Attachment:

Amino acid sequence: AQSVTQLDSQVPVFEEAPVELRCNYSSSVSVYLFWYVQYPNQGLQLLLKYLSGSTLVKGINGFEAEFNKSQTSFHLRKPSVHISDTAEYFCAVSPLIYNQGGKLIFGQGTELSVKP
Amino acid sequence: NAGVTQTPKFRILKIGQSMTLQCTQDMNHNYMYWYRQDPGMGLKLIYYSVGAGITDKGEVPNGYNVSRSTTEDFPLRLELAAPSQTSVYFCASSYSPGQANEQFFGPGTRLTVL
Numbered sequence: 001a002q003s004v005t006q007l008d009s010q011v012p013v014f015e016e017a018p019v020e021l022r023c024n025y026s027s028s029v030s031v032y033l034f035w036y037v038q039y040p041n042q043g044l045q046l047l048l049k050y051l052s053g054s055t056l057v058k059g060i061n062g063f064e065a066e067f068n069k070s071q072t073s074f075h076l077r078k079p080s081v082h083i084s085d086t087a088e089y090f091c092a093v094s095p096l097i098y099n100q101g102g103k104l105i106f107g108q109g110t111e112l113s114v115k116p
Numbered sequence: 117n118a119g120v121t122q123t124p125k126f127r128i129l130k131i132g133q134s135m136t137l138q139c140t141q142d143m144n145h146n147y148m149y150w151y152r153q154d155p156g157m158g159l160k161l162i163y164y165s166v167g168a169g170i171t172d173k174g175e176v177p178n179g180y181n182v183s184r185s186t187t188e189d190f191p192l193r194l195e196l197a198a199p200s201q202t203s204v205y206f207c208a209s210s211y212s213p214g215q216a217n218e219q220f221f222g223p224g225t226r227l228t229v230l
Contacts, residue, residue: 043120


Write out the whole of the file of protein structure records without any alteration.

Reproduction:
Amino acid sequence: AQSVTQLDSQVPVFEEAPVELRCNYSSSVSVYLFWYVQYPNQGLQLLLKYLSGSTLVKGINGFEAEFNKSQTSFHLRKPSVHISDTAEYFCAVSPLIYNQGGKLIFGQGTELSVKP
Amino acid sequence: NAGVTQTPKFRILKIGQSMTLQCTQDMNHNYMYWYRQDPGMGLKLIYYSVGAGITDKGEVPNGYNVSRSTTEDFPLRLELAAPSQTSVYFCASSYSPGQANEQFFGPGTRLTVL
Numbered sequence: 001a002q003s004v005t006q007l008d009s010q011v012p013v014f015e016e017a018p019v020e021l022r023c024n025y026s027s028s029v030s031v032y033l034f035w036y037v038q039y040p041n042q043g044l045q046l047l048l049k050y051l052s053g054s055t056l057v058k059g060i061n062g063f064e065a066e067f068n069k070s071q072t073s074f075h076l077r078k079p080s081v082h083i084s085d086t087a088e089y090f091c092a093v094s095p096l097i098y099n100q101g102g103k104l105i106f107g108q109g110t111e112l113s114v115k116p
Numbered sequence: 117n118a119g120v121t122q123t124p125k126f127r128i129l130k131i132g133q134s135m136t137l138q139c140t141q142d143m144n145h146n147y148m149y150w151y152r153q154d155p156g157m158g159l160k161l162i163y164y165s166v167g168a169g170i171t172d173k174g175e176v177p178n179g180y181n182v183s184r185s186t187t188e189d190f191p192l193r194l195e196l197a198a199p200s201q202t203s204v205y206f207c208a209s210s211y212s213p214g215q216a217n218e219q220f221f222g223p224g225t226r227l228t229v230l
Contacts, residue, residue: 043120